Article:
Co-founders Matt Murrie and Andrew McHugh speak to attendees of the 2014 What If...? Conference at the Blue Note in downtown Columbia. | Lin Li/Missouri Business Alert

Conference Covers Wide Range Of Topics In Columbia Debut

Students, educators, entrepreneurs and others came together for two days in downtown Columbia as the city became a first-time host of the annual What If…? Conference. The conference, aimed at inspiring active curiosity, innovation and collaboration, kicked off with a workshop on Friday night and featured a full-day conference, highlighted by a series of short presentations followed by breakout discussions, on Saturday.

On Friday, around 40 people gathered for the What if…? Workshop, working in groups to identify problems and product designs to help tackle them.

“It’s about figuring out how to tackle problems in a way that will have a lasting impact,” said Thomas Riddle, a workshop attendee.

Riddle, a school principal and adjunct university professor who travelled from Greenville, S.C. to attend the conference, said he the opportunity to build a network and enhance critical thinking skills motivated him to make the trip. Various other attendees shared similar personal and professional motives. Felicia Rateliff, a marketing manager for Philips & Company and a newcomer to Columbia, said she came because she liked being able to collaborate and exchange ideas with others.

“What better way for me to exercise my own mind?” she said.

On Saturday afternoon, a crowd of about 100 people came together at the Blue Note, a downtown Columbia concert and event venue, to hear a series of eight-minute talks from people with various areas of expertise. Topics varied widely from one presenter to the next, ranging from nanotechnology to architecture and design to stereotypes and gender roles.

The delivery of the presentations was often as creative as the talks themselves were. One presenter, Justin Cave, chose to act out his presentation with help from a friend. Another, Kattesh Katti, demonstrated a chemical reaction to illustrate the resourcefulness of green nanotechnology.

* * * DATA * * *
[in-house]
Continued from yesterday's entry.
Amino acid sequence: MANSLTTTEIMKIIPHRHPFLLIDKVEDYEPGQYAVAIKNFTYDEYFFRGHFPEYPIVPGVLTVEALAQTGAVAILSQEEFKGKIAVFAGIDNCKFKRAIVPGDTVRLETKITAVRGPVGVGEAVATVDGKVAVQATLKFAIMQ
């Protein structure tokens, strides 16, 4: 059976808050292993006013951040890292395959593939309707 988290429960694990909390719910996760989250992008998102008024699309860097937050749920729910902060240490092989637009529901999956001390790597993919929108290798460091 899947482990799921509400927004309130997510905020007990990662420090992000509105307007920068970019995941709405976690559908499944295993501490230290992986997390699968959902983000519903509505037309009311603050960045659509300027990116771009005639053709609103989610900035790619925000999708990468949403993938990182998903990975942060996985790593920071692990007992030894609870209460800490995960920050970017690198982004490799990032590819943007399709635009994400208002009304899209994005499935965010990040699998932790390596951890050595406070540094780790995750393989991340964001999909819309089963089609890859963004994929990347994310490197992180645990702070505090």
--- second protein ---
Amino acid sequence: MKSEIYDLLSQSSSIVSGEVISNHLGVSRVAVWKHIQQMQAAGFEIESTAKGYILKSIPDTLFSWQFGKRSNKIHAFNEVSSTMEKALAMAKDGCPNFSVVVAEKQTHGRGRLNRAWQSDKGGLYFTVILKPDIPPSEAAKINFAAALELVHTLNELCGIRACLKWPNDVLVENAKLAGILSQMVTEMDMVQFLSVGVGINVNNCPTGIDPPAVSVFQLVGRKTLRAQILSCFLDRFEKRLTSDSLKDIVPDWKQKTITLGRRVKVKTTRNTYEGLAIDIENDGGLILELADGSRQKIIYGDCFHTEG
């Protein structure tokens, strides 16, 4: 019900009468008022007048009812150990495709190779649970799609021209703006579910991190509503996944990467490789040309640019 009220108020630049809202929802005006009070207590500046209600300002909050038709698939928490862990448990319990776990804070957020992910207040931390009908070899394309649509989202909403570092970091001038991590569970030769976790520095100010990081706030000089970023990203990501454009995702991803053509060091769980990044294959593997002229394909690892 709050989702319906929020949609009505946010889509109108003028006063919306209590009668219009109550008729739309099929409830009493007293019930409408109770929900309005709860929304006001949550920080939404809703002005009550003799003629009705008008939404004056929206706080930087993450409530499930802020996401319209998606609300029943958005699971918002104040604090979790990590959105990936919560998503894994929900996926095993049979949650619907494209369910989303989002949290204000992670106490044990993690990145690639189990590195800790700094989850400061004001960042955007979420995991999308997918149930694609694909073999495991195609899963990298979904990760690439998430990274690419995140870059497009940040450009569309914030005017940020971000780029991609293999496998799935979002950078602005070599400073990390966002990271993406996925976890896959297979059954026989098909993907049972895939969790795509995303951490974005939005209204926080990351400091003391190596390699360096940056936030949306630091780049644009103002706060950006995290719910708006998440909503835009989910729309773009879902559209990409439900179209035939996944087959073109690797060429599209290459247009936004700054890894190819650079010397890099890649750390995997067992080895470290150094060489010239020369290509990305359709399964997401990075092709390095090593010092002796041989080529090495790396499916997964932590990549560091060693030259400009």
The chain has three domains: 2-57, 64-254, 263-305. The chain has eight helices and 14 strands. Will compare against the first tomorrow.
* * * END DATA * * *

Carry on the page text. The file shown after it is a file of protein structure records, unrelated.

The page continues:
Josh Van Zak, a presenter at the conference, said he appreciated the diversity of the talks.

“It’s nice not being bound by a theme,” Van Zak said.

Sam Albrecht, another presenter, said the variety of topics translated into new opportunities.

“You can’t predict what you will take away until you actually get here and hear all these ideas,” she said. “I’ve met people here who I would have never met otherwise.”

McHugh said that the demographic of conference changed considerably this year, with more businesspeople and entrepreneurs in attendance compared to previous years. For the past two years, the conference was held at Westminster College in Fulton, and the main attendees were students and faculty.

“We did not realize just how much our audience would be changing,” McHugh said, noting that the shift may explain why turnout was lower than the previous year. Last year, the conference was at near capacity with around 200 people registered, he said, but this year around 140 people registered.

Whether the conference will remain in Columbia remains unknown, McHugh said, noting that innovation conferences often get more traction on the coasts.

“I think (the conference) is more needed here,” he said, “but harder to sell here as well.”

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